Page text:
In today’s competitive markets, the environment can rapidly change. You may need to quickly respond to a competitor’s new product offerings or change the way you do business to reduce your exposure to risk or respond to new business regulations. Traditionally, to make the required changes, people from the business area of the organization will identify what rules need to be changed. For example, should you bring in a new offer for your services or stop offering services to customers who are too high risk? Once these changes are identified, a set of requirements is given to the IT department to implement. This is where problems can occur:
- Have the requirements been properly drafted?
- Did IT properly understand the requirements?
- Even if IT understood these requirements, does the change that’s being implemented match the requirement?
- What priority should IT assign to the application change?
Let’s consider these problems. There are two main ways in which the business can fail to properly draft IT requirements. The first may be a result of badly worded or unclear documentation being produced. If the documentation is unclear, it’s left to the IT department to interpret the requirement; this can lead to an unintended application change being made. The second way results when the requirements don’t actually solve the problem the business was trying to fix. Perhaps the business hasn’t tested its requirements to discover the effect they will have on the overall business.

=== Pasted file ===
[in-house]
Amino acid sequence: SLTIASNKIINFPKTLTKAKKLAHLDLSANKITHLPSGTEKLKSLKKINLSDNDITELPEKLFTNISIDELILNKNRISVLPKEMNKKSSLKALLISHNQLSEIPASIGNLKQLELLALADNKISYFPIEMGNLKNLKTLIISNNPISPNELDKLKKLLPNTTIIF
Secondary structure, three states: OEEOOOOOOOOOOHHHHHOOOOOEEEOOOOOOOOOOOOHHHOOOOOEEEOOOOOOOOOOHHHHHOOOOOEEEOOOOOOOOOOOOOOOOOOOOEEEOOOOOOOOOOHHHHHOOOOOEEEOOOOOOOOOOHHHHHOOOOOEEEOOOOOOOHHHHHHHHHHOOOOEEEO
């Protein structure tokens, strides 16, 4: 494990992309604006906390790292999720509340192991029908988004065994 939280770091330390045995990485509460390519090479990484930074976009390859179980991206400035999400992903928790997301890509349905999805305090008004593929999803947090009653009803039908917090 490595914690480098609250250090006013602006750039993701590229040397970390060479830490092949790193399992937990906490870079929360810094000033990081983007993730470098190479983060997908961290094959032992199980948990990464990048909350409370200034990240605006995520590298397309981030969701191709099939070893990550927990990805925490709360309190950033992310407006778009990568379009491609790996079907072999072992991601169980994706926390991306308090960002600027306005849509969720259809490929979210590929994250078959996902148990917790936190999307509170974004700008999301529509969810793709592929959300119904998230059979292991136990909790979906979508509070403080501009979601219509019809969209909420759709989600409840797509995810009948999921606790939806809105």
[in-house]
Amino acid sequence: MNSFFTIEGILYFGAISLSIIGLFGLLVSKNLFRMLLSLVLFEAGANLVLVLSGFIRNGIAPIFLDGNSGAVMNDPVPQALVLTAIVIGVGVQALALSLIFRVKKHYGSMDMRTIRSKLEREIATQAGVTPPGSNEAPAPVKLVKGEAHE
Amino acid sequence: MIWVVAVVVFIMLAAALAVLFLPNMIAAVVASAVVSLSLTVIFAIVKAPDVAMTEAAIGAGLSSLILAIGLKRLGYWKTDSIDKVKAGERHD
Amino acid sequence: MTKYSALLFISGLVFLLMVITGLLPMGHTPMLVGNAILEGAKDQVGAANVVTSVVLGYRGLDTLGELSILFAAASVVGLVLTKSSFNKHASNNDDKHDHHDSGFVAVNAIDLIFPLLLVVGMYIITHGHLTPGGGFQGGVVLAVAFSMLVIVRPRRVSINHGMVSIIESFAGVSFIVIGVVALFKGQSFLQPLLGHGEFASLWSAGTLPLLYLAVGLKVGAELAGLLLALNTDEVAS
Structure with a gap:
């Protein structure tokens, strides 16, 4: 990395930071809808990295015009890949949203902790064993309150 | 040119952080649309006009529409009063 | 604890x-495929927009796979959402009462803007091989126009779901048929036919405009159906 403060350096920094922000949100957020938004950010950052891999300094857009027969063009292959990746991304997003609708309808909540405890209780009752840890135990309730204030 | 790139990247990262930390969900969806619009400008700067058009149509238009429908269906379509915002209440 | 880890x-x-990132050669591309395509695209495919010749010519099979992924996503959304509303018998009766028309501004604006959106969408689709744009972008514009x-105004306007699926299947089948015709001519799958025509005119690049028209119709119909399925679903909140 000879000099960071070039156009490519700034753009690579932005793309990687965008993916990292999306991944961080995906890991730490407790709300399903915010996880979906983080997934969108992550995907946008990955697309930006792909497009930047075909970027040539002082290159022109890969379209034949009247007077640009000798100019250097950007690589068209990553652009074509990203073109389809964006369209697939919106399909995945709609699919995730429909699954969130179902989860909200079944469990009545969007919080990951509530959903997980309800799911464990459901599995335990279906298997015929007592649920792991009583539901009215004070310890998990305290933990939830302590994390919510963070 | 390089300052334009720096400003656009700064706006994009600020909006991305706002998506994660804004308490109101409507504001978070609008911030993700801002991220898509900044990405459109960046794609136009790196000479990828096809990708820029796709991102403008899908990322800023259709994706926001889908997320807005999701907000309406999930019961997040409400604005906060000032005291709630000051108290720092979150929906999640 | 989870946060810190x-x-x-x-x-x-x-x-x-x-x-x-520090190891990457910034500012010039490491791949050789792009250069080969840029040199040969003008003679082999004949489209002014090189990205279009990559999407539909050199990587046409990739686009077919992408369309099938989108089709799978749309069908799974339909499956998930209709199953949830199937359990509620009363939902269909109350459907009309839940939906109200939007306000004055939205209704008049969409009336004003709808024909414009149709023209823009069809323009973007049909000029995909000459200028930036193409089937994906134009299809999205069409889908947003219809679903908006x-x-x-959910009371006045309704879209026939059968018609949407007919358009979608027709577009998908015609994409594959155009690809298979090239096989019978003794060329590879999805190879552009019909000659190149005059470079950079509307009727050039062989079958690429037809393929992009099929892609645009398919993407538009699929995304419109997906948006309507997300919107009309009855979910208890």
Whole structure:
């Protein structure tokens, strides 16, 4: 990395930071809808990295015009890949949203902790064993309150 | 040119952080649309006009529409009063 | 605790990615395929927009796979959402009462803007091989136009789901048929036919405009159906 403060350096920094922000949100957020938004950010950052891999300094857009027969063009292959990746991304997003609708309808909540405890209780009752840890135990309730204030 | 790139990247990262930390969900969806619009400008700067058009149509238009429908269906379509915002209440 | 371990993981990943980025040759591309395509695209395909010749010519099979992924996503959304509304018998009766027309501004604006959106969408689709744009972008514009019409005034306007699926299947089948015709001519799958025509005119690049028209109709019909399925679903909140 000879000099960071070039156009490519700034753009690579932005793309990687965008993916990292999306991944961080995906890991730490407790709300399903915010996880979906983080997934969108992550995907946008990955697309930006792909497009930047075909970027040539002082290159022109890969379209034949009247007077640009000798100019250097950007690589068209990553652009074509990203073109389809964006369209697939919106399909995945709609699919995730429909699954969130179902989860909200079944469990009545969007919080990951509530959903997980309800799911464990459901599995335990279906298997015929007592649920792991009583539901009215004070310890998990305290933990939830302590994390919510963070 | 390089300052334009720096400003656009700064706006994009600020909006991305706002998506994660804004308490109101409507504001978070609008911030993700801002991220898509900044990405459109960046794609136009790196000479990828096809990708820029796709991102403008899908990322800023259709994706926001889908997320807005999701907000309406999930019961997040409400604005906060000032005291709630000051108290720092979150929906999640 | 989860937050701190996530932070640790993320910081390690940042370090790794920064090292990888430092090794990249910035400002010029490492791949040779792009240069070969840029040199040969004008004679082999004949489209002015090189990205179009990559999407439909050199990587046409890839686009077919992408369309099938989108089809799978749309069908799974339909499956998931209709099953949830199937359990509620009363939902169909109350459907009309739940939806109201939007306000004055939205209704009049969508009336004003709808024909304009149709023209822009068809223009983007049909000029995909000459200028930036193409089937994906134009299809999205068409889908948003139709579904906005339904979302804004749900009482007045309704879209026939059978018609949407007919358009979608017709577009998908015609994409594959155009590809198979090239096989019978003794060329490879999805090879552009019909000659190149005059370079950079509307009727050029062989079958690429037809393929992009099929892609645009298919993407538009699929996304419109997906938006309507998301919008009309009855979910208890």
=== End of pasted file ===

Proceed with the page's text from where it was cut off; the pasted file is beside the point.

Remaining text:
Even when requirements have been well-drafted, there’s still the possibility the IT department can misinterpret what they’ve been asked to do. At every stage where a task is handed over to different parts of a business with their different priorities and community-specific terminology, misunderstandings can occur. Rigorous, time-consuming processes must be in place to mitigate these problems. The same applies when testing to ensure the application change actually matches the requirement. It’s possible for IT to understand the requirement but during the course of application development have the implementation diverge from the initial requirement. This also requires rigorous, time-consuming testing and processes to mitigate this risk.
The business and IT sides of an organization also will have conflicting priorities. A business may see a particular application change as urgent to respond to a change in the market. However, IT may have a conflicting set of priorities. The IT department may be trying to resolve a critical outage or be performing a business-critical migration. In this situation, both sets of priorities are important to their particular communities, but because the business users must rely on IT to implement a change, their changes will sometimes be prioritized below those of the IT department.
By using a Business Rule Management System (BRMS), you can address these four issues in a more efficient, robust manner. A BRMS allows business rules currently locked inside application code to be exposed in a natural language style that business users can understand, modify, and deploy.